It is important to point out that as a not-for-profit organization, all proceeds from the sale of GGP products are invested in building sustainable artisan enterprises in the communities where we work. Our focus at all times has to be on both sides of the market equation: building our brand (demand) and providing training to our partners (supply). At the outset of establishing a partnership with a new artisan community, we ask the group to identify areas where they might benefit from our management, production and design expertise. We regularly provide technical assistance, business and financial management tools, and operations and logistics support. We also offer small financial grants for capacity building and/or community health and social services.
Arguably, the most critical value-added benefit we offer is design expertise, which straddles both sides of the market equation. As a brand, we and our partners can only prosper when the GGP collection appeals to consumers in developed markets. Our in-house designer collaborates, hand-in-hand, with our partners, developing products that integrate traditional skill sets and local resources into contemporary, fashion-forward, functional designs.
In the highly competitive marketplace for artisan, handmade products, even the most well-designed products with compelling stories need a dynamic, multi-platform, awareness building and sales strategy. As a brand with a 12-year history, GGP has followed a disciplined, gradual approach to building its brand and market share. It is a path that has proven successful for us and one we expect to follow into the future.
Photo Credit: Paula Lerner/Aurora Photos
Could you please tell us more about your social commitment?
CS & JS: The central tenets of GGP’s mission are poverty alleviation and social justice. We believe that in order to break the cycle of poverty, women have to have equal access to the economy. We have witnessed first hand that women’s economic inclusion leads to healthier families and stronger communities with women taking leadership positions in addressing social change and community advancement.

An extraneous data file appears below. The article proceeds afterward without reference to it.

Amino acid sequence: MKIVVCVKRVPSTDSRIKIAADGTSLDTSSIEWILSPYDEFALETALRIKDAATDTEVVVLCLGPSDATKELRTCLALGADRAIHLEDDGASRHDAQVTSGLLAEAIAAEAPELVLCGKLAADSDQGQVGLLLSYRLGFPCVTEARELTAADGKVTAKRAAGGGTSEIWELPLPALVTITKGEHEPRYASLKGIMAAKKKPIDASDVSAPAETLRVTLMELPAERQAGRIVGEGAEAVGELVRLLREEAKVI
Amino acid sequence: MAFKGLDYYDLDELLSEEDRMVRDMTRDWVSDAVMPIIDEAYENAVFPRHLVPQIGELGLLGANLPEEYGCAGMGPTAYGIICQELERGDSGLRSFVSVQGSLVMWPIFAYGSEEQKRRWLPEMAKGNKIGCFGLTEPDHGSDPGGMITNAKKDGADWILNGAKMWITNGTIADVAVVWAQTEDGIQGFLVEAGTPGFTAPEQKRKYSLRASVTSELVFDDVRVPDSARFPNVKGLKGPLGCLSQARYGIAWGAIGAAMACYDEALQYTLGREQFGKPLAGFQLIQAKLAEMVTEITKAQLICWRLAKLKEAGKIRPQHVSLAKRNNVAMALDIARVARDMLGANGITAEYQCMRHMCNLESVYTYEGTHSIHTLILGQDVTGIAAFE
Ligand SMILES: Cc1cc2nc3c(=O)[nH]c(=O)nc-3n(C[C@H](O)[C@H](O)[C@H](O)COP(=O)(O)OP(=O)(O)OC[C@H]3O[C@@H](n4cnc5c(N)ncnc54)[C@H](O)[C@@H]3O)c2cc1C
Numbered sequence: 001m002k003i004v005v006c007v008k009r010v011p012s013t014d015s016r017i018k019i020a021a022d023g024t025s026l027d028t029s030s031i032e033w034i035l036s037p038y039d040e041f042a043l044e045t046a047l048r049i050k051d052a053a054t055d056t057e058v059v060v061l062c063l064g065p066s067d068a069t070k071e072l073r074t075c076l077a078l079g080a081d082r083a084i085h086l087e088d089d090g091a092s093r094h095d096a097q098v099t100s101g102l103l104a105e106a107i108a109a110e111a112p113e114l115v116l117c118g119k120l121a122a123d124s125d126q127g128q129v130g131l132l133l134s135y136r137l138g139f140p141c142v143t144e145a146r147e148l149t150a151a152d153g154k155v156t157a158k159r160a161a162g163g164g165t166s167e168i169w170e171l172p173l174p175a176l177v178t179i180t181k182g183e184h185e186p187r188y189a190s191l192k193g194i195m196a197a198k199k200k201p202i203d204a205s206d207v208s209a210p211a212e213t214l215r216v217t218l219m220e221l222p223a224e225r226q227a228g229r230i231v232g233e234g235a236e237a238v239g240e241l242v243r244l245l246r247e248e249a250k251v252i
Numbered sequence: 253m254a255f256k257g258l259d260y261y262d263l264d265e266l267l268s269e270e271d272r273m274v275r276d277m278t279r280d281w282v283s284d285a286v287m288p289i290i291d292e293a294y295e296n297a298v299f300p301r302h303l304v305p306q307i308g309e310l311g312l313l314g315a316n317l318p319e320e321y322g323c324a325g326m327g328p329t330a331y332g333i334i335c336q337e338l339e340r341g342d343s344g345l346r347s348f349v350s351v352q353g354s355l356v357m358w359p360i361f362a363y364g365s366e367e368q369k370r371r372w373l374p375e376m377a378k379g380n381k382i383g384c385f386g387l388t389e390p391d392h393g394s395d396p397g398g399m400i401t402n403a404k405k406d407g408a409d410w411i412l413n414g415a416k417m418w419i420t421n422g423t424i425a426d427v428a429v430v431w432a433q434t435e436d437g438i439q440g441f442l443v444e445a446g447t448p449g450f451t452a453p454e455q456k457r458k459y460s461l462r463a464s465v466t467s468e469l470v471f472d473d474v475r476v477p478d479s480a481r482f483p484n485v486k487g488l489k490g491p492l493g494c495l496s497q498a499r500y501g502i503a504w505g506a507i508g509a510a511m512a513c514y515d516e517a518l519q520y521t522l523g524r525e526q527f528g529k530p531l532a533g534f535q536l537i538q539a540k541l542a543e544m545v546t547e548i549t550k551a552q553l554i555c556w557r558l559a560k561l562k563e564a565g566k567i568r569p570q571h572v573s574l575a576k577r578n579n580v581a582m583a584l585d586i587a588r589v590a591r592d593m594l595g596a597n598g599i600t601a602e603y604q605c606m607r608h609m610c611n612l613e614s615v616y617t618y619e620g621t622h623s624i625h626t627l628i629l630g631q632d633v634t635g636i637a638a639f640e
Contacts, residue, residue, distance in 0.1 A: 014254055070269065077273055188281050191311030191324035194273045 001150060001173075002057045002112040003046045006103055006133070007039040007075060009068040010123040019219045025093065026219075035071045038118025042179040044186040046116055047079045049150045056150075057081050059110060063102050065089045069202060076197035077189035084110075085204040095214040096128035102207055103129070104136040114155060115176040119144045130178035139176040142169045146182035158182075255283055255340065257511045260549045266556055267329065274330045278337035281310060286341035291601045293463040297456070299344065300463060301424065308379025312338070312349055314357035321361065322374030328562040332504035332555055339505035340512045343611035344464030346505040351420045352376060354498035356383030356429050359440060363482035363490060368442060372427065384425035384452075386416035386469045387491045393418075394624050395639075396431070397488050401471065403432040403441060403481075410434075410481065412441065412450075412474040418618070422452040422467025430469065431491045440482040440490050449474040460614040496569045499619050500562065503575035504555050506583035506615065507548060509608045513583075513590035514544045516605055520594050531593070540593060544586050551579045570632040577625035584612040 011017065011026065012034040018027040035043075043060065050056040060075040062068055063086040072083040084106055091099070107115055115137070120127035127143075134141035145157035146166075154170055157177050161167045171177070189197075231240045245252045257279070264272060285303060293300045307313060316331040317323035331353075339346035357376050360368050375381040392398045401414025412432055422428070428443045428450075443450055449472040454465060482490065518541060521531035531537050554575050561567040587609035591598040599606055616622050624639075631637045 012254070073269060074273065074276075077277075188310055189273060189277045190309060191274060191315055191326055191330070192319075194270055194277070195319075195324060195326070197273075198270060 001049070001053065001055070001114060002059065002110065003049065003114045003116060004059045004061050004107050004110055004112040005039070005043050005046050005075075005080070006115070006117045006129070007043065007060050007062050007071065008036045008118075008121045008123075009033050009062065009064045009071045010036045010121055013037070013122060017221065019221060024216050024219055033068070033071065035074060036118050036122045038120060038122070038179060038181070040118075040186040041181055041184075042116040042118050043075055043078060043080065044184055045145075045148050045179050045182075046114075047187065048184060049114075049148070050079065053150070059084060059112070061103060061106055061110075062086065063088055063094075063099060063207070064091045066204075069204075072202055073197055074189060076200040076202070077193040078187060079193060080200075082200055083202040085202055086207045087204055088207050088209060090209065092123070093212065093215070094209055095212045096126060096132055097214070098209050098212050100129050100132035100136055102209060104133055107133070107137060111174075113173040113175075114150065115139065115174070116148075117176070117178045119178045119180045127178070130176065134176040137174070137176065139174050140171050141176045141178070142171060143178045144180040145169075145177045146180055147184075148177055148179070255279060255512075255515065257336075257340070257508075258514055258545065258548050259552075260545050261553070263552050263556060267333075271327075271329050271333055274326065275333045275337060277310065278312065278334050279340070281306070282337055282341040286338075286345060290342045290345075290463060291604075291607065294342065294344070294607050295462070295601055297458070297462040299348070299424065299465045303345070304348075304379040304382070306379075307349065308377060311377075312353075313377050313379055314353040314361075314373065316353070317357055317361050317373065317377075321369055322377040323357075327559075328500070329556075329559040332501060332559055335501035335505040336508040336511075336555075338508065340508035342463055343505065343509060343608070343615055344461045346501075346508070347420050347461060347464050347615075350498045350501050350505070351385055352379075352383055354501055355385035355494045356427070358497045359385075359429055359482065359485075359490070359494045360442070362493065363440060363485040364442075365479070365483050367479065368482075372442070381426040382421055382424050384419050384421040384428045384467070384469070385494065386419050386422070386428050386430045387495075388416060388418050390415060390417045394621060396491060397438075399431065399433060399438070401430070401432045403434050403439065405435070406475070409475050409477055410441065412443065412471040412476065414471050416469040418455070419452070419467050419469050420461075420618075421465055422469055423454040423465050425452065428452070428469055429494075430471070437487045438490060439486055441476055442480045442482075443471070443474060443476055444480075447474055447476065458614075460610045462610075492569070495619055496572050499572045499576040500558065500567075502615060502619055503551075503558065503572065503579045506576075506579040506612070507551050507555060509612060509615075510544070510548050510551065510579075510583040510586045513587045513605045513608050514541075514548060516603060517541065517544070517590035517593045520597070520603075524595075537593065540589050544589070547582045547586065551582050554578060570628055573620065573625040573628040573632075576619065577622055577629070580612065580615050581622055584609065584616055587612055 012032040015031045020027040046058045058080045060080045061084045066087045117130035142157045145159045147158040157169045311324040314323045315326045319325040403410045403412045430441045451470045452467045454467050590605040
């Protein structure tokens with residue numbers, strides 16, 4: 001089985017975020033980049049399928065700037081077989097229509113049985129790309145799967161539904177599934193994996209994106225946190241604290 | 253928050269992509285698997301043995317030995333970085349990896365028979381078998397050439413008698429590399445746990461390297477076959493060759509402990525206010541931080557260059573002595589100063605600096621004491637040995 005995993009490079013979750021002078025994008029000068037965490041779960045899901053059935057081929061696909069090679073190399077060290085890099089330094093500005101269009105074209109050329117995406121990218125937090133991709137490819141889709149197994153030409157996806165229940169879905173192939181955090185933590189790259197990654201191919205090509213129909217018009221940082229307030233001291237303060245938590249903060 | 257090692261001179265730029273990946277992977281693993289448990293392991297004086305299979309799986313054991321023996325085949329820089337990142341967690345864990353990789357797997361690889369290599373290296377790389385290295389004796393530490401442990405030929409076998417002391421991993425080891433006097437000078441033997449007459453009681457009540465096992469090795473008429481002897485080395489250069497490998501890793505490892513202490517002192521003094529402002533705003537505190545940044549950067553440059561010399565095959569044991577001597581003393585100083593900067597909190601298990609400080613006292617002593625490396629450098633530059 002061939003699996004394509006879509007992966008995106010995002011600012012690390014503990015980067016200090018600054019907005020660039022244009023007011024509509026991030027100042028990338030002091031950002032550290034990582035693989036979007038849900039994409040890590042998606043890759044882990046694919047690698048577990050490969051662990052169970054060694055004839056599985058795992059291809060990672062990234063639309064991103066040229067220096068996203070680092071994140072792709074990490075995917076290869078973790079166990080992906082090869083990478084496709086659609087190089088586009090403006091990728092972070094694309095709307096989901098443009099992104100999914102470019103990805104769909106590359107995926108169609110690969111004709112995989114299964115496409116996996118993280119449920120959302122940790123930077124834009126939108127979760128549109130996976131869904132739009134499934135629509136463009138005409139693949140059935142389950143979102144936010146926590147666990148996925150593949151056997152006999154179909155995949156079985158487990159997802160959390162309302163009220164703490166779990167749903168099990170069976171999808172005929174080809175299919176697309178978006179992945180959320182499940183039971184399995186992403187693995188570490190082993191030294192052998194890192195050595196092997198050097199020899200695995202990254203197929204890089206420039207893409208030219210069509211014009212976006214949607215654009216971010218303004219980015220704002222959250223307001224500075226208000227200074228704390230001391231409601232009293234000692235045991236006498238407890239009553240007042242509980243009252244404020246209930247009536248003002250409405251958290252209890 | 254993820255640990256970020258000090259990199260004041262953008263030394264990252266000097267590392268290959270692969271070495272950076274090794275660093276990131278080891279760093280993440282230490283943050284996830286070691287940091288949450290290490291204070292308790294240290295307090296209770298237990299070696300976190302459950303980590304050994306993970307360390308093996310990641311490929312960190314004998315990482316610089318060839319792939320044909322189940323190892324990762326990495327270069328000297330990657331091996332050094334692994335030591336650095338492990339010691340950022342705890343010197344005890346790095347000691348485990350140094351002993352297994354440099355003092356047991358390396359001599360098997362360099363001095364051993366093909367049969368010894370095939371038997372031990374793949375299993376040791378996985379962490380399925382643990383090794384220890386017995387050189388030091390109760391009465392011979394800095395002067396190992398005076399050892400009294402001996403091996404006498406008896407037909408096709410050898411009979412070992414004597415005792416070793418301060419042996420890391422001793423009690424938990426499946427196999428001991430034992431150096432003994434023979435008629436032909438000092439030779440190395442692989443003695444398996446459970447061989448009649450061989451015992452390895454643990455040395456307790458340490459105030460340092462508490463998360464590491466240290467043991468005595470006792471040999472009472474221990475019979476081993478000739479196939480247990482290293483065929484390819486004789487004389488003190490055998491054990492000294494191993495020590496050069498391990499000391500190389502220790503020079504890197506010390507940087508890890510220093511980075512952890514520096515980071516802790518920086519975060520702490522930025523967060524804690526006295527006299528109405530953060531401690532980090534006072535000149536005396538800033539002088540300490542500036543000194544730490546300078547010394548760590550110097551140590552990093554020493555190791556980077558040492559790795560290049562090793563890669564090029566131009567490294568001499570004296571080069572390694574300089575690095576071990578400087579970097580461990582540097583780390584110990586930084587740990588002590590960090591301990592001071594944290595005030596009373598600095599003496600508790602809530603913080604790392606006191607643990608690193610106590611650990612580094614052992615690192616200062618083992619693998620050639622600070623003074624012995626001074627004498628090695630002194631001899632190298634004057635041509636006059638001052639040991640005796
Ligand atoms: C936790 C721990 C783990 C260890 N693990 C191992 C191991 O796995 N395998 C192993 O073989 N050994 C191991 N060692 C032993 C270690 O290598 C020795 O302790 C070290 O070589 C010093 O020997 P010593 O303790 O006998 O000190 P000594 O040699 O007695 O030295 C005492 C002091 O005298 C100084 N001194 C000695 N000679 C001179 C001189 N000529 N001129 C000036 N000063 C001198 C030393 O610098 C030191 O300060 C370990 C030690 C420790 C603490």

GGP supports community development initiatives by providing small grants to our partners for priority programs they have identified. In recent years, GGP’s grants have supported public health programming with funds directed to programs from maternal birthing kits to reproductive health training and educational efforts that include scholarships for girls and literacy training for widows. In addition to ensuring a fair living wage for all artisans in our network, GGP offers products where a percentage of a community development grant is part of the retail price. For instance, our Bracelets for Change program includes support for Guatemalan families for girls education, healthcare and home improvements such as solar kits, community gardens, water filters and smokeless stoves.
How will you improve your global sustainable impact?
CS & JS: From the start, we have focused on working with partners that fabricate products using local renewable, recycled and repurposed resources. The baskets we offer, whether from Swaziland, Rwanda or Bangladesh, are made from dried local grasses or other plants. The alpaca wool used for our adorable line of hand knit toys from Peru is locally sourced, as are the woolen hats and gloves from Bolivia.
In the Photo: Stripe Bolga Tote Handmade in Ghana, Men’s recycled Tire Travel Kit, Knit Alpaca Stuffed Panda Photo Credit: Global Goods Partners
In Cambodia and elsewhere, fields of abandoned tires present a serious environmental and health hazard. We began offering recycled tire products a few years ago and have, due to their popularity, recently worked with guest designer Santos Augustin, who developed a new, expanded line of men’s products.
Sustainability is built into our brand and is integral to the success of our work.
A significant benefit of growth has been our ability to ship more and more products by vessel as opposed to relying on air shipments. It is not only a cost saving, but a reduction of our carbon footprint as well.
Almost all of our partners work in resource poor communities where the “luxury” of waste does not exist and where their interest in environmental stewardship is heightened as a result. Sustainability is built into our brand and is integral to the success of our work.